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1 Chronicles 25:1. Should prophesy— 1:e. Sing prophesies or sacred hymns, composed by the prophets, in the temple of God. See Numbers 11:25. The captains of the host, at the beginning of this verse, is rendered very properly by Houbigant, the chiefs, or heads of the orders in the ministry; those priests, whom David had lately appointed and divided into four-and-twenty classes; and not, as some have absurdly supposed, the commanders of the army, who certainly could have nothing to do with the appointment of singers for the temple. In the third verse the sons of Jeduthun are said to be six, though five only are enumerated. Shimei, mentioned in the 17th verse, is supplied in the Arabic version.
1 Chronicles 25:5. To lift up the horn— To celebrate the praises; Houbigant. For there is no example in Scripture, says he, of such an expression as lifting up the horn, for any thing in music. Some, however, think that it means to blow aloud with trumpets made of horns.
1 Chronicles 25:7. Was two hundred fourscore and eight— That is, after the classes were appointed from the sons of Asaph, Jeduthun, and Heman, as well as from those which each one introduced into his class: for the sons of those three, when David appointed the classes of the singers, were no more than twenty-four.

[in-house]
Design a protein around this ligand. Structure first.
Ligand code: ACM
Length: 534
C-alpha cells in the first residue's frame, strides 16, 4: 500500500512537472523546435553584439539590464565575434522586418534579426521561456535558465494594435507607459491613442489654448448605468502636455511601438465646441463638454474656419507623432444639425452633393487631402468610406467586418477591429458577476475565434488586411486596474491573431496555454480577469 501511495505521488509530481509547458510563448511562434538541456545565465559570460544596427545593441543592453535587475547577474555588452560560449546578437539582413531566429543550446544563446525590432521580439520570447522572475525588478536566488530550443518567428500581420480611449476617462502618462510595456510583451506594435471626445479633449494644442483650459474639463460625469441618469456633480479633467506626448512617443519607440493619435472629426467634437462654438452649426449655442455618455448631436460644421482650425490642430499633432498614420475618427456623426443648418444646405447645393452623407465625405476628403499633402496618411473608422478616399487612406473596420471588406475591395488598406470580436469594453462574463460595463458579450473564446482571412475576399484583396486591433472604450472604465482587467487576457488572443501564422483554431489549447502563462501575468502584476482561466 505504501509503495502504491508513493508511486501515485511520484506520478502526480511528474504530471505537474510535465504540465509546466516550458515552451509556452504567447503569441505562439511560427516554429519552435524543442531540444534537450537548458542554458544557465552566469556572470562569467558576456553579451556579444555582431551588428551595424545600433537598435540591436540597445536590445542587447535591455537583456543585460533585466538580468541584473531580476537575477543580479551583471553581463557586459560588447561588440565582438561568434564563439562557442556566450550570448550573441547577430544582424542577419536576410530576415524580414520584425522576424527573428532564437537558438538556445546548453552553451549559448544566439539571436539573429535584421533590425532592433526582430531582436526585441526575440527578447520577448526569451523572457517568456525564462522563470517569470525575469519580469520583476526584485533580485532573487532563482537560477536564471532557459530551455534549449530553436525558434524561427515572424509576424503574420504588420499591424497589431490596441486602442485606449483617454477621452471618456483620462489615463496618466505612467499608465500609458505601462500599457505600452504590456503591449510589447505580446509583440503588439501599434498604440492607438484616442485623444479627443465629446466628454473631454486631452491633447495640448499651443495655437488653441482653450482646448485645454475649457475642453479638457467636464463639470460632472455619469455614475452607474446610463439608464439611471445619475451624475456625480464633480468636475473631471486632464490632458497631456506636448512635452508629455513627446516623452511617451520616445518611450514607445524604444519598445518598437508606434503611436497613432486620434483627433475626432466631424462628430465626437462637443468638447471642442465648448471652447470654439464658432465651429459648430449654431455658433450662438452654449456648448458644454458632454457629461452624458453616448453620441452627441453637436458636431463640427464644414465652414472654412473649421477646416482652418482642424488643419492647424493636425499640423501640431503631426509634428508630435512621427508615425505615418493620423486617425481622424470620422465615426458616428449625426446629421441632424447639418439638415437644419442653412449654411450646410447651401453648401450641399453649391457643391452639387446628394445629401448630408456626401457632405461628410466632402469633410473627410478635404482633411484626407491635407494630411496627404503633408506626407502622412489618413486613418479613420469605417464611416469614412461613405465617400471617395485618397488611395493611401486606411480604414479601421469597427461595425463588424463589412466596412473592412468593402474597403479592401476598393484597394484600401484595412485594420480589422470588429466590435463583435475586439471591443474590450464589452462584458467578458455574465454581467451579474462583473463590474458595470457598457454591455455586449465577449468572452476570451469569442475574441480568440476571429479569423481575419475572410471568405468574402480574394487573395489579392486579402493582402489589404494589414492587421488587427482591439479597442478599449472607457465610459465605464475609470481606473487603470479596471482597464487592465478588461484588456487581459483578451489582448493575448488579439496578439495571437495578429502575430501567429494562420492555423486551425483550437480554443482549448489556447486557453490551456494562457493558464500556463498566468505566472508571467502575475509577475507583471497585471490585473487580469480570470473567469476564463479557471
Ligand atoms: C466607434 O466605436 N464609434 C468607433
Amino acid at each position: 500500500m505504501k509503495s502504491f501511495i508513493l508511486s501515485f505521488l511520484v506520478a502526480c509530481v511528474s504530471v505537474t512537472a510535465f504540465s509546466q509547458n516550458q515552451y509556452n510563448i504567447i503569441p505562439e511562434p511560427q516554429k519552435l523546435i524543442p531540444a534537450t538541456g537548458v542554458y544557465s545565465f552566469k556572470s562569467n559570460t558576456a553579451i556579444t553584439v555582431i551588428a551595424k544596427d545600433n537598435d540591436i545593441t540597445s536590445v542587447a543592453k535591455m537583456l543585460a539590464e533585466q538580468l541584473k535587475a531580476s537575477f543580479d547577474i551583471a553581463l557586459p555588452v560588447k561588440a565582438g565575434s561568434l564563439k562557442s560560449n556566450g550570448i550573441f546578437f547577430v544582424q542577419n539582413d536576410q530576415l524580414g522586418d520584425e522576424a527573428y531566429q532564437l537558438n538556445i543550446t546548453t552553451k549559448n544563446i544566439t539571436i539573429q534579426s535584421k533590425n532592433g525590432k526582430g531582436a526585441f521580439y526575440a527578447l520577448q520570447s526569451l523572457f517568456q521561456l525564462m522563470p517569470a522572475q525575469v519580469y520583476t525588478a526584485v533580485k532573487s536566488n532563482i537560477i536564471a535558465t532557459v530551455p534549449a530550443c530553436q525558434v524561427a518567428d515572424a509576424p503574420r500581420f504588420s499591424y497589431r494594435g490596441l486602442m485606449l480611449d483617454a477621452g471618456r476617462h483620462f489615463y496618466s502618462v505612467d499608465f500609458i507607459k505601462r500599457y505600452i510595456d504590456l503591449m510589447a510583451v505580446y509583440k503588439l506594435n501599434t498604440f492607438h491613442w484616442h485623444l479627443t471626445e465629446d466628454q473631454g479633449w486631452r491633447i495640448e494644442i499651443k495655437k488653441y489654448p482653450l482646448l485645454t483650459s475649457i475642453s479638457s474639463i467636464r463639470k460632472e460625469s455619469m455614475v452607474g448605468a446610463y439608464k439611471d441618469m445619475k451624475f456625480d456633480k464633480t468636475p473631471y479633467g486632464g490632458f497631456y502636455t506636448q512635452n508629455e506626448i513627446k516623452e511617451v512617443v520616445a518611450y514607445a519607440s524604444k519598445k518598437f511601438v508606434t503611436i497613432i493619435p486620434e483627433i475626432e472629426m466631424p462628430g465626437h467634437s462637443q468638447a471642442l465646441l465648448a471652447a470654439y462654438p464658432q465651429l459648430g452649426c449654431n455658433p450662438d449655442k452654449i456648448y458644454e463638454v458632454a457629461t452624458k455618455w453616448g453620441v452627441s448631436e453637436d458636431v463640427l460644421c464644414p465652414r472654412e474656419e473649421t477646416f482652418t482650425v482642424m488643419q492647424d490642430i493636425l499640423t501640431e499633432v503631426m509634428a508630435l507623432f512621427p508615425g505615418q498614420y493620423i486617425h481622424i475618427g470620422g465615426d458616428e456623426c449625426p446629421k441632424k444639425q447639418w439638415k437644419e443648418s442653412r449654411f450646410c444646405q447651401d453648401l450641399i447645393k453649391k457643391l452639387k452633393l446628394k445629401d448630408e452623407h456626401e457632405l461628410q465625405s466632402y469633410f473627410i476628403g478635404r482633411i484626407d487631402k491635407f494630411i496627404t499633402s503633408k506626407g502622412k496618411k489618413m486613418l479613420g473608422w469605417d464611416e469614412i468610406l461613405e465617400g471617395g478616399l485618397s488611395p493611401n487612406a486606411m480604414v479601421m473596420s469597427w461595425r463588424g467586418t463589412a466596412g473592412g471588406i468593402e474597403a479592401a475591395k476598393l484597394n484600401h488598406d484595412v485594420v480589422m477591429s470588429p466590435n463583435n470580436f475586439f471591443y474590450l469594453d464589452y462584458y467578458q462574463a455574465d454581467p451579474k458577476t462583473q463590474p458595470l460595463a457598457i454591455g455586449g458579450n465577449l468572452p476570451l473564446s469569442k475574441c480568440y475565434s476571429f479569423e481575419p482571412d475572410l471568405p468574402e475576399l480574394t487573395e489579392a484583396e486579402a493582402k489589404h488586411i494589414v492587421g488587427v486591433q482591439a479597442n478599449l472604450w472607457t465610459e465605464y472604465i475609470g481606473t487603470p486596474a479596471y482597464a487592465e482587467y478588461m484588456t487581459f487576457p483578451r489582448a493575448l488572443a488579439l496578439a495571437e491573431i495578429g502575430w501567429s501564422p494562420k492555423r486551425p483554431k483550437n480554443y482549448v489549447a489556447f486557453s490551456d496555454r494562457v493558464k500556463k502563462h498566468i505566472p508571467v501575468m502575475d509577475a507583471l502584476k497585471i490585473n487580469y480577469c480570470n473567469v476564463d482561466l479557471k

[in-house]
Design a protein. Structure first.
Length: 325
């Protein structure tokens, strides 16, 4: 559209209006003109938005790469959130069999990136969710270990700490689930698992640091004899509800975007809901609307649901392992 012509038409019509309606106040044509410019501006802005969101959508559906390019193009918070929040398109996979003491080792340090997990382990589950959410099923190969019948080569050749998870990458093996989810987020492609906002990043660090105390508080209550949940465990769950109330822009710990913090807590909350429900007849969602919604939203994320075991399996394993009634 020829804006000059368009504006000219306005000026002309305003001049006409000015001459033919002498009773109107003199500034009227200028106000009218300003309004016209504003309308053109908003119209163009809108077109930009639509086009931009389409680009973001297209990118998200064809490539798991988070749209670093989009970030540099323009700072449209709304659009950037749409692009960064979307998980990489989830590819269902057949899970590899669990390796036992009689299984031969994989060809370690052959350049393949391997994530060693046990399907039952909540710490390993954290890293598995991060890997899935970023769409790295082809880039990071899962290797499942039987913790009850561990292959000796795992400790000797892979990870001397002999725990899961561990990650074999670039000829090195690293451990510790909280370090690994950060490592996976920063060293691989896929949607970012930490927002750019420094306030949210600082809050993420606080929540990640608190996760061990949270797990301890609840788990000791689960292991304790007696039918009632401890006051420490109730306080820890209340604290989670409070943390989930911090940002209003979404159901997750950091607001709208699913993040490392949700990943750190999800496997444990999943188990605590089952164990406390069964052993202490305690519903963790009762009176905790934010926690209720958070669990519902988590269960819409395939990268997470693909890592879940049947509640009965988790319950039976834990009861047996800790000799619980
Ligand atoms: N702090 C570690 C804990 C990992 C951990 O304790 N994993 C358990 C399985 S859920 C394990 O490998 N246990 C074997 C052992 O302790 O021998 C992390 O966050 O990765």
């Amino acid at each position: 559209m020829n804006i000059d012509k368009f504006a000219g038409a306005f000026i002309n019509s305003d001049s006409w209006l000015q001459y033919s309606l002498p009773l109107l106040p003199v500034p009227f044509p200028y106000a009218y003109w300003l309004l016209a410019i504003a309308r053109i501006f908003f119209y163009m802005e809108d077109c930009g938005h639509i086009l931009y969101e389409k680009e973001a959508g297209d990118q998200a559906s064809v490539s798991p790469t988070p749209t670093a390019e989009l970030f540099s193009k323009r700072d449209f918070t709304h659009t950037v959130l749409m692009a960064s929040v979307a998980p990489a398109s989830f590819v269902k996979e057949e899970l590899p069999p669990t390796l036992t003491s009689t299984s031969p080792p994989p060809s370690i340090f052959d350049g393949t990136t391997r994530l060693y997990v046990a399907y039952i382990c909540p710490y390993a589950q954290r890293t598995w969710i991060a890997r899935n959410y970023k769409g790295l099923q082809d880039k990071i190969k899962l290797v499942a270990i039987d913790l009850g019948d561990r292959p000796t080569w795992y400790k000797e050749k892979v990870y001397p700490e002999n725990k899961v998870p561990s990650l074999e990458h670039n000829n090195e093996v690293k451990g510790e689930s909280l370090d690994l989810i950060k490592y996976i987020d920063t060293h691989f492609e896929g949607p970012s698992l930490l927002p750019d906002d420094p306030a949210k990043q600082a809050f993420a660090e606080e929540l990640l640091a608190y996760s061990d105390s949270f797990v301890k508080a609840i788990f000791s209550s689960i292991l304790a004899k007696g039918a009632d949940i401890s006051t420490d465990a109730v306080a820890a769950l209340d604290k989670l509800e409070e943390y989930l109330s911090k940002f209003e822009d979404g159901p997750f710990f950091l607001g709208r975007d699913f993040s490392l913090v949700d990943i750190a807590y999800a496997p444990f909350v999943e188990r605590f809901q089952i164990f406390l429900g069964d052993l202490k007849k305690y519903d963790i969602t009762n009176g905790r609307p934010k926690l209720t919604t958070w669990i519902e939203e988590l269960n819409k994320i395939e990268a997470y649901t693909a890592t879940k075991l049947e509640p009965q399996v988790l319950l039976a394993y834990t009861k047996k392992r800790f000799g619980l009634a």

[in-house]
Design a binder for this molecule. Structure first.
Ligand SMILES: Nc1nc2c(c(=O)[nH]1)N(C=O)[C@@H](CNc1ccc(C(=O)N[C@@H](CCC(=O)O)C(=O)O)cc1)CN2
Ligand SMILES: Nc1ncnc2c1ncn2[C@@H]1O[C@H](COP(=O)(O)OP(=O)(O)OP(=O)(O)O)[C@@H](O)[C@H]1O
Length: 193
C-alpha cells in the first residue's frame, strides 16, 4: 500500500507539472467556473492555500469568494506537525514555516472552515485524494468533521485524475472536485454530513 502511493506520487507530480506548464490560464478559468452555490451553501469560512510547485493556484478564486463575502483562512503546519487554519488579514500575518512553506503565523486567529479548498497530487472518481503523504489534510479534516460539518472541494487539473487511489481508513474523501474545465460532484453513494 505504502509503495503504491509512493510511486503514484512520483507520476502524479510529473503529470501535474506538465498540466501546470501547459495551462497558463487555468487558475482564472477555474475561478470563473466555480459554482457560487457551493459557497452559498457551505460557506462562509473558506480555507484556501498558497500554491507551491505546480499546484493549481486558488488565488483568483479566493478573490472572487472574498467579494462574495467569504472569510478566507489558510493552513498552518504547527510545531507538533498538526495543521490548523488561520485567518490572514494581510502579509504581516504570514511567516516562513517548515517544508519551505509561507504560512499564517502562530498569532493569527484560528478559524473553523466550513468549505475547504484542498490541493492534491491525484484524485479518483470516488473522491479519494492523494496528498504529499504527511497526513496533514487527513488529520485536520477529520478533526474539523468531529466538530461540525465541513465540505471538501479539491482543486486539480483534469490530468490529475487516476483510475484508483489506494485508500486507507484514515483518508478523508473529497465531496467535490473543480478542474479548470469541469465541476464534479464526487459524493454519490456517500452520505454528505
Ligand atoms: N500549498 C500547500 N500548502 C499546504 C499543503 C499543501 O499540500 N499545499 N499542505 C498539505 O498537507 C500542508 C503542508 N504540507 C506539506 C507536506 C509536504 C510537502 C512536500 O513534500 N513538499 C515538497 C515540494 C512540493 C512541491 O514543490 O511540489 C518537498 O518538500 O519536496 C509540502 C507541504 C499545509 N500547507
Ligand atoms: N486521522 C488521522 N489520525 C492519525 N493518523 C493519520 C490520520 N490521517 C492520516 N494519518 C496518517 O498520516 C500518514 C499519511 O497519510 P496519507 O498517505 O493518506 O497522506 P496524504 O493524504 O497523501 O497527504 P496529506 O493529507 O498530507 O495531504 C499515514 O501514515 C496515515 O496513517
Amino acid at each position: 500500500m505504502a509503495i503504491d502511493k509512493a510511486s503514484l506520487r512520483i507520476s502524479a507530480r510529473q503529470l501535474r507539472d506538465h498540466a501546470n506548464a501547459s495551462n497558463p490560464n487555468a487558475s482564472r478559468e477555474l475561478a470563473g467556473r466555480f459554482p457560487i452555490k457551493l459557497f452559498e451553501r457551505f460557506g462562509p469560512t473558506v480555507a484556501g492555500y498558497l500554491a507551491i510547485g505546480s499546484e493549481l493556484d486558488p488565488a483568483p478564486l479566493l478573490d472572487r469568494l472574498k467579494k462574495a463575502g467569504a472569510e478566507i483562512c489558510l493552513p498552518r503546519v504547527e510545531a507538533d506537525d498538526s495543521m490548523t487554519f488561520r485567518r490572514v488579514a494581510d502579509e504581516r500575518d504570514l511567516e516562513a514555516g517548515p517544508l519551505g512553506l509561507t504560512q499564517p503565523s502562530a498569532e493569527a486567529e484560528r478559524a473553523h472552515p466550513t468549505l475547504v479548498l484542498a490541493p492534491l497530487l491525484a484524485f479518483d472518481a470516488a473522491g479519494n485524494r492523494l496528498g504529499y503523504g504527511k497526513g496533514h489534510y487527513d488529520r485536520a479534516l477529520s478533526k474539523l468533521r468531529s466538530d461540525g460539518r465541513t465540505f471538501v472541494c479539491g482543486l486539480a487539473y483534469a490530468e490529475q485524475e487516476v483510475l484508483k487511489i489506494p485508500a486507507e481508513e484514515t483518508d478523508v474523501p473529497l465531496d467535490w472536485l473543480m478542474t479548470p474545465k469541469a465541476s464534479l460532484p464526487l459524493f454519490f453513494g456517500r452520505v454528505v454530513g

1 Chronicles 25:8. They cast lots ward against ward— They cast lots, according to each of their classes. Houbigant.
1 Chronicles 25:18. The eleventh to Azareel— His name is written Uzziel in the fourth verse. Probably he was sometimes called by one of those names, and sometimes by the other.
REFLECTIONS.—The courses of singers are here appointed to accompany the priests and Levites in their service. Asaph, Heman, and Jeduthun, or Ethan, were the three great masters, and their sons under them, four-and-twenty, according to the number of courses. Their service is called prophesying (see 1 Corinthians 11:4; 1 Corinthians 14:24.); for the songs in which they praised God were chiefly prophetical of the Messiah. A variety of instruments were used to fill the sacred chorus, while their hearts and voices joined in the songs of the Lord. Music is highly pleasing; but we must not lose the sense in the sound. Songs of praise are no longer harmonious, than while we are making melody in our hearts unto God. Each of these twenty-four had eleven assistant singers, of the most musical of their brethren; in all 288: and, as four thousand are before said to be appointed for song, either they were divided into classes, and followed when these principal singers led; or they might be employed in teaching the divine hymns of David to the rest of the people in the country. The singers were appointed by lot as before, and we may observe that many of the younger sons were preferred before their elders. Note; The younger in years are often the elder in grace.
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Coke, Thomas. "Commentary on 1 Chronicles 25". Coke's Commentary on the Holy Bible. https://www.studylight.org/
the Second Week after Epiphany